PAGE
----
Committee member and Democratic Minority Leader Sen. Lauren Book said she is concerned about putting “the little guy” out of business but said she would vote for the bill to do what’s right for consumers. She asked Safelite during the committee meeting if they would be willing to meet with lawmakers to get everyone on the same page.

A Safelite representative said the company would do that and that they support the amended bill.

“Safelite does not engage in steering. We’re happy to support anti-steering regulation. Safelite does have a company called Safelite Solutions, which does claims handling. There’s a couple other competitors in that space. In fact, some of the companies represented here use those competitors. …Safelite Solutions administers the insurance contract and so for every insurer for which it performs claims handling, it has a different procedure based on what that insurance policy provides.”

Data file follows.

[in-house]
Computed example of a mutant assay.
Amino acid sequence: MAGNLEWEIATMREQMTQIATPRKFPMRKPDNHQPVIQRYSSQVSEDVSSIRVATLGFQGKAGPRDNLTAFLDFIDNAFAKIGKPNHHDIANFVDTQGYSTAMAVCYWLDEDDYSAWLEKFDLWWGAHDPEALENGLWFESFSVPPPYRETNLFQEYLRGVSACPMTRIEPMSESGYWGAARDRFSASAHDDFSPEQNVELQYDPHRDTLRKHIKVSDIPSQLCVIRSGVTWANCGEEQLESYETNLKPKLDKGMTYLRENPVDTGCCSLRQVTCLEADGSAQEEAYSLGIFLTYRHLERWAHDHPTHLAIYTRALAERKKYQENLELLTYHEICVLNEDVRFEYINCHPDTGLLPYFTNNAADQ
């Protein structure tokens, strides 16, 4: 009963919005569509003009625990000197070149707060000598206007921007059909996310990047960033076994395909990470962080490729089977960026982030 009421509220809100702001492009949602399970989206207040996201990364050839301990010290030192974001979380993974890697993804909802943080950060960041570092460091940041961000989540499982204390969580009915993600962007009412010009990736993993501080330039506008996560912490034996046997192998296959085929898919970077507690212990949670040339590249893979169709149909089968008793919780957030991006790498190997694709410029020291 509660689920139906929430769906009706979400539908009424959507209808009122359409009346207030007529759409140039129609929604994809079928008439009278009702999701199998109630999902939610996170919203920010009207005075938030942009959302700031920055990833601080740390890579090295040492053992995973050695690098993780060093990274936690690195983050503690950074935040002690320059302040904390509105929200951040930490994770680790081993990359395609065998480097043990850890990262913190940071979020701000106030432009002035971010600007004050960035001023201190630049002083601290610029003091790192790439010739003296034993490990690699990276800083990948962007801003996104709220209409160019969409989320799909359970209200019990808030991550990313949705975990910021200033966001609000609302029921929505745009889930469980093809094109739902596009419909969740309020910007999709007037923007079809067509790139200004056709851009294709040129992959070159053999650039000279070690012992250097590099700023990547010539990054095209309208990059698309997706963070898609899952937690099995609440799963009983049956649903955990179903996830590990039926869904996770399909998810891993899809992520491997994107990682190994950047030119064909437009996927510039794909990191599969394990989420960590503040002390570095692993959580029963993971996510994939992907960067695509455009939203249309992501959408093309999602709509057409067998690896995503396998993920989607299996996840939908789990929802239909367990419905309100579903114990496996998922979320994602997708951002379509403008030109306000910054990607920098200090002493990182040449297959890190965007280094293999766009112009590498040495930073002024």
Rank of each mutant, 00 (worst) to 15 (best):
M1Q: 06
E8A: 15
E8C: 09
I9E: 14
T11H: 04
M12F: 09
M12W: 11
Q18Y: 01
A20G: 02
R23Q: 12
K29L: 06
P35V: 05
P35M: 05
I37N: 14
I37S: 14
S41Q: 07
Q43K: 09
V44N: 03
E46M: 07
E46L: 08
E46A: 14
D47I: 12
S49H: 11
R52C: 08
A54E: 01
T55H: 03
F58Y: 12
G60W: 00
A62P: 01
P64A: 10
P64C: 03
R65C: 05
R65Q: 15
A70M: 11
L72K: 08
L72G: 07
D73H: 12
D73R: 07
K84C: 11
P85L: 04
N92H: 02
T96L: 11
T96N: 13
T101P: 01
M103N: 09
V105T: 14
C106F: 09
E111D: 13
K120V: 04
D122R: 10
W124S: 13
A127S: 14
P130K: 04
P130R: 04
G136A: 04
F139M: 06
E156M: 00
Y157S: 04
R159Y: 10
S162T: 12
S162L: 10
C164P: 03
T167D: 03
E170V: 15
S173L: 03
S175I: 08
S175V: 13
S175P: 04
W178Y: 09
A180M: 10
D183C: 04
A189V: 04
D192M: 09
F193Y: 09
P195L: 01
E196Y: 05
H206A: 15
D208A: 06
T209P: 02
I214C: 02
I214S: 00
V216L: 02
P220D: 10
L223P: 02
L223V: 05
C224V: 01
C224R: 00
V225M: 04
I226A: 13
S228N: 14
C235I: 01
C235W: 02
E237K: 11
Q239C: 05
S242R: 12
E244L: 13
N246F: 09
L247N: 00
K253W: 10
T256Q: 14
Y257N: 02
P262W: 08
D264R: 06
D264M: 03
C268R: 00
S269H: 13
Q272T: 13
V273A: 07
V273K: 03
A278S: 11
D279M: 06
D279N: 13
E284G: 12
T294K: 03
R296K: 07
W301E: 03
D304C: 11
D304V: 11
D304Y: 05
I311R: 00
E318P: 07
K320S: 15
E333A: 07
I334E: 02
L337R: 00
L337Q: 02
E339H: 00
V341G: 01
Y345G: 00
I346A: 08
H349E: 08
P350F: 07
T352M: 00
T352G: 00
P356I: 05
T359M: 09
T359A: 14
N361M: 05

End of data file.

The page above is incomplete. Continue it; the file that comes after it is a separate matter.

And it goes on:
She added that “litigation-oriented shops” often use the term “steering” to describe job price confirmations with out-of-network shops.

Committee member Sen. Jim Boyd (R-District 20) called the concern of the bill leading to shuttering of small businesses an exaggeration. Independent glass repairers in his district have told him they wouldn’t go out of business if the legislation is passed, he said.

“This is a problem,” Boyd said. “It’s costing consumers, at the end of the day, a lot of money just like we had with the roof claims.”